How to Discover the Business Value of Your Tech Task

This is Part 1 in a series about improving communication between programmers and the business.

Audience: Programmers and Project Managers

Estimated Reading Time: 4 minutes


Software development teams often face significant challenges with inter-role communication. I’ve noticed a recurring pattern of programmers wanting to focus their energy on changes whose value is difficult for the business to understand. We often capture this work as Tech Tasks and prioritize it based on how vocal people are, not on its return on investment.

The Problem

When the business asks questions like, “What are you working on?”, they are usually trying to understand why programmers are choosing their current work item. They are seeking visibility into how the team is investing time and the business’ money.

Often the answers to these questions lead to clumsy and uncomfortable conversations. The programmers feel unfairly judged and the business feels powerless to steer their project.

The Solution

An effective way to increase the effectiveness of these situations is for the programmers to share the why behind this work with the business. If programmers don’t understand the business value of the work they are doing, then they can’t understand the Return on Investment (RoI) of the Task and thus can’t safely prioritize it for the business. If developers can discover the business value of these Tech Task by asking themselves, “Why?”, then they can share this information with the business and work with them to prioritize these Tasks the same way the team does User Stories.

How To Do It

We are seeking the core business value behind our technical tasks. To discover this value, ask yourself 5 Whys and your answers will lead you to the value this Tech Task provides to the business. The 5 Whys is a Six Sigma technique for Root Cause Analysis and the root cause of our desire to do this Tech Task is what we want to better understand.

Once you can explain the business value of this Tech Task, you can either work with the Business to prioritize it as a Tech Task or even reframe it as as User Story.

Example of 5 Whys

Suppose while you’re in the process of finishing your last User Story, you discover that it was difficult to test interactions between the Order and Customer classes. In particular, it is difficult to “add” an Order to a Customer and you believe the solution is to fundamentally change how Customers interact with Orders.

I want to refactor the Customer class.

Why?

So our code is easy to test

Why?

So we write better automated tests

Why?

So we find defects quicker

Why?

So we have fewer defects

Why?

So our product is more usable

Reframing Tech Tasks as User Stories

If you want to invest in improving communication between programmers and the business, you can write your Tech Tasks as User Story.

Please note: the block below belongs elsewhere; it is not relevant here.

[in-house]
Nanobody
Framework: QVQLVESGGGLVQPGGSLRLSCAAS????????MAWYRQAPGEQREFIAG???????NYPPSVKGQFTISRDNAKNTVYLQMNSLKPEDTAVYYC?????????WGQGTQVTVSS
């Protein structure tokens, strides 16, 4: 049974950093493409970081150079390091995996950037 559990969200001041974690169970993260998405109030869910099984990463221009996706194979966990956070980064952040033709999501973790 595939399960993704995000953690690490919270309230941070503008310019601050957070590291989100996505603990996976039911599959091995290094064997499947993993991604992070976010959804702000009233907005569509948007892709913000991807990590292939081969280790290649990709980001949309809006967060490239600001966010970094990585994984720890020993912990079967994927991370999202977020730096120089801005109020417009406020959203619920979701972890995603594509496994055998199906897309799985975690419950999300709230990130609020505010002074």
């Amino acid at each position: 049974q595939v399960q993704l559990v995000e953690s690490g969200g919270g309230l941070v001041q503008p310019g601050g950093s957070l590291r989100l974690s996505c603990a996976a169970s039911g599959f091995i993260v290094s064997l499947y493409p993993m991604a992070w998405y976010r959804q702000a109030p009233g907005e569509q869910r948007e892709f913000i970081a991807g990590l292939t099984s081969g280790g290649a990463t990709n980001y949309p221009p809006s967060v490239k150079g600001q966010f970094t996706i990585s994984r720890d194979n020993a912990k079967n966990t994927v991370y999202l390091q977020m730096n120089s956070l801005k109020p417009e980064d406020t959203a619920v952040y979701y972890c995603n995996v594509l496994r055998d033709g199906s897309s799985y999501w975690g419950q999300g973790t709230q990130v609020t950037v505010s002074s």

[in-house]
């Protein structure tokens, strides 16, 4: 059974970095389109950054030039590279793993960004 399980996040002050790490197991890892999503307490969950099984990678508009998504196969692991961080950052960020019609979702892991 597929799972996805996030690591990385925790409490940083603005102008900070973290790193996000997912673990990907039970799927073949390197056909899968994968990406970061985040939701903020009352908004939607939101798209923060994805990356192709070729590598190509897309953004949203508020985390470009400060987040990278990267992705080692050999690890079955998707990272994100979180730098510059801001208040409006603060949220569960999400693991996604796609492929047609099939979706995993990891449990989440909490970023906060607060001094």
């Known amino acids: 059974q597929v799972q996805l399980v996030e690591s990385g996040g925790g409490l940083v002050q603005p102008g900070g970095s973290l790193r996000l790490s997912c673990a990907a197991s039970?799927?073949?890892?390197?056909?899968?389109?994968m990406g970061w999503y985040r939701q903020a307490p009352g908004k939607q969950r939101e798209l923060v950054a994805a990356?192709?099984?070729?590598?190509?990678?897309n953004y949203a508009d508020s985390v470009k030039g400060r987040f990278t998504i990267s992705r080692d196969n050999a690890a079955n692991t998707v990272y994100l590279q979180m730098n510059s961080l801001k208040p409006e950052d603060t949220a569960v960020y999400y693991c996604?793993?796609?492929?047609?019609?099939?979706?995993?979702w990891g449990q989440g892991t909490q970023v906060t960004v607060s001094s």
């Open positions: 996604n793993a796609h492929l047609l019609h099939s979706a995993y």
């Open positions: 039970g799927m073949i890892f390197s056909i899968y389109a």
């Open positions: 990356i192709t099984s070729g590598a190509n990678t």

Mike Cohn says that User Stories take the form:

As a <type of user>, I want <some goal> so that <some reason>.

Getting these three parameters right is critical to writing great User Stories.

We can’t know the what (<some goal>) or the why (<some reason>) until we understand the who (<type of user>).

Our choices for the who are As a programmer or As the product owner. If we look at the 5 Whys listed above, we see that the topmost answer is from the programmer perspective and the bottommost is from the business perspective and the answers in the middle are a combination of the two.

If you intend to write Tech Tasks as User Stories, I’d advocate for having an Epic User Story or Theme that relates to the highest level Why. This means that the Epic is written in purely business language. Next, we can write finer grained User Stories that are written using more technical language, but still have a “So That” clause that relates to a business concern.

This allows us to honor both perspectives while still being able to capture simple Acceptance Criteria.

The Epic

We can write the Epic User Story for our example as:

As the product owner, I want my product to have fewer defects, so that my customers find it more usable.

The User Story

As a programmer, I want to refactor the Customer class, so that our code is easier to test.

User Story Hierarchy

At this point we could choose to stop writing User Stories and just get to work. We could also create tiers of User Stories, on for each level of the 5 Whys. Each tier of User Stories would be the so that clause for the level of User Stories below it.

These hierarchies are more useful for clarifying the business value of Tech Tasks and Non-Functional Requirements (aka Cross Functional Requirements) and are generally not helpful for conventional stories.

  • Usability - As the product owner, I want my product to have fewer defects, so that my customers find it more usable.
  • Quick Defect Discovery - As a Quality Analyst, I want to find defects quicker, so that we have fewer defects.
  • Test Automation - As a Quality Analyst, I want better automated tests, so that we find defects quicker.
  • Easy to Test Code - As a programmer, I want our code to be easier to test, so that we write better automated tests.
  • Refactor Customer Class - As a programmer, I want to refactor the Customer class, so that our code is easier to test.

Tags

We can also tag our User Stories with all of the Themes or Epics that they support.

As a programmer, I want to refactor this class, so that our code is easier to test.

Tags: Usability, Time-to-market, Maintainability

Have the Conversations

The real key here is to have the conversations between programmers and the business where you truly try to understand the perspective of the other and you work hard to present your perspective in a language that the other can easily understand.

Written on January 29, 2018